A website developer recently created and released a tutorial demonstrating how blog owners can take their pages off of the Medium platform and use them elsewhere for making their own blog. One person wondered what the reasoning for this would be because Medium is a well-known site that gets a lot of traffic and has a lot of ads. People quickly pointed out that Medium has turned to paywalls for forcing people to pay for a subscription in order to access content that the authors wanted to be available for free. Most visitors do not like paywalls and are unwilling to pay for non-journalistic content that is just written by everyday people as blog posts.
People wrote back with comments wondering why bloggers would go to a closed, proprietary platform in the first place. One person mentioned the traffic and typography. It could have been a way for bloggers to get noticed. A person who does pay for content on Medium noted that they like the site's interactivity as a reader of material. As an author, this person likes that Medium markets the stories through emails, social media ads and other venues.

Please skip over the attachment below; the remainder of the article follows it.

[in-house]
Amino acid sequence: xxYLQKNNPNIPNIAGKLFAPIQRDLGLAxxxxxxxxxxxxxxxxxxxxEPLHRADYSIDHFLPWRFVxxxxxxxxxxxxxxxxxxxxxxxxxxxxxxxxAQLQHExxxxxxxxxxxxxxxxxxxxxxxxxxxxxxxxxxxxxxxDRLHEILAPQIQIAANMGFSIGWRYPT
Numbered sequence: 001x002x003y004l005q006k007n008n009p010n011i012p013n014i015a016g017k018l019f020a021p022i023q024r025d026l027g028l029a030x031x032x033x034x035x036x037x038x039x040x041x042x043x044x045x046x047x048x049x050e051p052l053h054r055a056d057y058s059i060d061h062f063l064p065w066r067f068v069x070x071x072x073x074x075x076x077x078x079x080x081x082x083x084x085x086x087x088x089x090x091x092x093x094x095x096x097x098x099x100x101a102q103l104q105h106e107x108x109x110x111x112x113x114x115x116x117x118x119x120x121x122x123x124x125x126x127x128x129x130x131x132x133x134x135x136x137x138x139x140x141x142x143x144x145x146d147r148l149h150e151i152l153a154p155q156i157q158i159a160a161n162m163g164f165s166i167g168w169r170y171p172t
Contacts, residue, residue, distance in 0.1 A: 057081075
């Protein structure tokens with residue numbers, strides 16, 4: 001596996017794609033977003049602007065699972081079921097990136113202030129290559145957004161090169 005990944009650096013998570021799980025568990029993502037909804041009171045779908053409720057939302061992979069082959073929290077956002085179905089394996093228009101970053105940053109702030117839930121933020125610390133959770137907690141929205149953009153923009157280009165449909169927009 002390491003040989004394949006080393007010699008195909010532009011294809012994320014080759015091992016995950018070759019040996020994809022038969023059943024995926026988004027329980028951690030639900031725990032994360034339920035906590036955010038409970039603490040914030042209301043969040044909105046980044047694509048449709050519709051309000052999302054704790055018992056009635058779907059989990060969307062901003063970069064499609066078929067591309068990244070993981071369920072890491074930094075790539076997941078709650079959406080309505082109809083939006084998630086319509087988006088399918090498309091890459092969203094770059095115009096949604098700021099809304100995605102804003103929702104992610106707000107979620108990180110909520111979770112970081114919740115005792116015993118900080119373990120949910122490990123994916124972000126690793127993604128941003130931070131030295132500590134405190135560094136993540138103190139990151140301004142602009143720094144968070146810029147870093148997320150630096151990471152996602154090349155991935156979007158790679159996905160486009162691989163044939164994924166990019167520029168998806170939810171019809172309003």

Another person noted that going incognito or opening a private browser window makes it possible to get around the paywall a few times. However, that limits the ability to interact with the content on Medium. A different person noted all of the other venues that make it easy to start a blog without dealing with a paywall. Some of the options include Google's Blogger, Wordpress, GitHub and Netifly. Any of these venues offer free blogging platforms and do not require a paywall. They host ads, which is how they are able to get around this.
In general, most of the people who took a look at the tutorial found it to be easy to follow. They liked all the tips that the writer shared on how to successfully migrate content. The author also showed how to point users who used to access the content on Medium to the new location of the blog in order to maintain traffic. For more information click here https://i.redd.it/vueg1h4c4l131.gif.